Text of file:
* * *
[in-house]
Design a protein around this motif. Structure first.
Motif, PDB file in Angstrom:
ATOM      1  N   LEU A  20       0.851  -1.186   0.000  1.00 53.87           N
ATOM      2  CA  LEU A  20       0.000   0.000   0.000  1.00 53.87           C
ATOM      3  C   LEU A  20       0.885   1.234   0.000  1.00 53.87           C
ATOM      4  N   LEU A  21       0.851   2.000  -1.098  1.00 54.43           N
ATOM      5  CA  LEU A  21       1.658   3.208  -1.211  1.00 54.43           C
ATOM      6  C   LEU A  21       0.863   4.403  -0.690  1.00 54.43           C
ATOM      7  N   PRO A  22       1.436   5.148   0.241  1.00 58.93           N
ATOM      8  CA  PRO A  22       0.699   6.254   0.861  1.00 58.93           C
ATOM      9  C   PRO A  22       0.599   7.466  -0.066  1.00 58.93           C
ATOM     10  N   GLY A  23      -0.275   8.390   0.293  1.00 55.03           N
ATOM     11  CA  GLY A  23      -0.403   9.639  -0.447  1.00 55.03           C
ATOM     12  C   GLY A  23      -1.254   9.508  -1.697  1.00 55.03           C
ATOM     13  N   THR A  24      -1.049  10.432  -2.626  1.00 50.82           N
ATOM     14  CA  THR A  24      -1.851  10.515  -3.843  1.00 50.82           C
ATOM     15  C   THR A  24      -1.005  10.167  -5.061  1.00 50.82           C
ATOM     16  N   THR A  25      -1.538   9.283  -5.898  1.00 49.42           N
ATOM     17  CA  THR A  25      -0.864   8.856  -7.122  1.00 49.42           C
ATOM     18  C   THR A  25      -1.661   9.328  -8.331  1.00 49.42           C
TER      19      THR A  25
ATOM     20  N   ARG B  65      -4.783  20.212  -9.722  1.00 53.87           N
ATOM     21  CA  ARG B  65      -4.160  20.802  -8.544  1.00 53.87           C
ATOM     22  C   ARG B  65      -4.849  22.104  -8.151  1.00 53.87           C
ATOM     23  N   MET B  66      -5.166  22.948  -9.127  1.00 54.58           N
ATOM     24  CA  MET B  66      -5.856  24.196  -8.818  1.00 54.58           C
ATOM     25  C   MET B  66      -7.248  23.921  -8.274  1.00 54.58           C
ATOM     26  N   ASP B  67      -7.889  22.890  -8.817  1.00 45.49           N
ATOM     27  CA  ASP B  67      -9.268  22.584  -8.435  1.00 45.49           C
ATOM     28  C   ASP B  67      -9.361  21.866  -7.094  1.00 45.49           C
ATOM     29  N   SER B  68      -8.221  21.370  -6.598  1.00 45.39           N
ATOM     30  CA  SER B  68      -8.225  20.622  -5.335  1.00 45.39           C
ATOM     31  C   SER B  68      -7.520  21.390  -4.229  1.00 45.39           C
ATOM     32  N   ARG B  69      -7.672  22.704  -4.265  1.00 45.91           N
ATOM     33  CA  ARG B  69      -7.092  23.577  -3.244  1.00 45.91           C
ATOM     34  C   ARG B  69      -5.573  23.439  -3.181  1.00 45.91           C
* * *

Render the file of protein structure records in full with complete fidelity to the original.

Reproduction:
[in-house]
Design a protein around this motif. Structure first.
Motif, PDB file in Angstrom:
ATOM      1  N   LEU A  20       0.851  -1.186   0.000  1.00 53.87           N
ATOM      2  CA  LEU A  20       0.000   0.000   0.000  1.00 53.87           C
ATOM      3  C   LEU A  20       0.885   1.234   0.000  1.00 53.87           C
ATOM      4  N   LEU A  21       0.851   2.000  -1.098  1.00 54.43           N
ATOM      5  CA  LEU A  21       1.658   3.208  -1.211  1.00 54.43           C
ATOM      6  C   LEU A  21       0.863   4.403  -0.690  1.00 54.43           C
ATOM      7  N   PRO A  22       1.436   5.148   0.241  1.00 58.93           N
ATOM      8  CA  PRO A  22       0.699   6.254   0.861  1.00 58.93           C
ATOM      9  C   PRO A  22       0.599   7.466  -0.066  1.00 58.93           C
ATOM     10  N   GLY A  23      -0.275   8.390   0.293  1.00 55.03           N
ATOM     11  CA  GLY A  23      -0.403   9.639  -0.447  1.00 55.03           C
ATOM     12  C   GLY A  23      -1.254   9.508  -1.697  1.00 55.03           C
ATOM     13  N   THR A  24      -1.049  10.432  -2.626  1.00 50.82           N
ATOM     14  CA  THR A  24      -1.851  10.515  -3.843  1.00 50.82           C
ATOM     15  C   THR A  24      -1.005  10.167  -5.061  1.00 50.82           C
ATOM     16  N   THR A  25      -1.538   9.283  -5.898  1.00 49.42           N
ATOM     17  CA  THR A  25      -0.864   8.856  -7.122  1.00 49.42           C
ATOM     18  C   THR A  25      -1.661   9.328  -8.331  1.00 49.42           C
TER      19      THR A  25
ATOM     20  N   ARG B  65      -4.783  20.212  -9.722  1.00 53.87           N
ATOM     21  CA  ARG B  65      -4.160  20.802  -8.544  1.00 53.87           C
ATOM     22  C   ARG B  65      -4.849  22.104  -8.151  1.00 53.87           C
ATOM     23  N   MET B  66      -5.166  22.948  -9.127  1.00 54.58           N
ATOM     24  CA  MET B  66      -5.856  24.196  -8.818  1.00 54.58           C
ATOM     25  C   MET B  66      -7.248  23.921  -8.274  1.00 54.58           C
ATOM     26  N   ASP B  67      -7.889  22.890  -8.817  1.00 45.49           N
ATOM     27  CA  ASP B  67      -9.268  22.584  -8.435  1.00 45.49           C
ATOM     28  C   ASP B  67      -9.361  21.866  -7.094  1.00 45.49           C
ATOM     29  N   SER B  68      -8.221  21.370  -6.598  1.00 45.39           N
ATOM     30  CA  SER B  68      -8.225  20.622  -5.335  1.00 45.39           C
ATOM     31  C   SER B  68      -7.520  21.390  -4.229  1.00 45.39           C
ATOM     32  N   ARG B  69      -7.672  22.704  -4.265  1.00 45.91           N
ATOM     33  CA  ARG B  69      -7.092  23.577  -3.244  1.00 45.91           C
ATOM     34  C   ARG B  69      -5.573  23.439  -3.181  1.00 45.91           C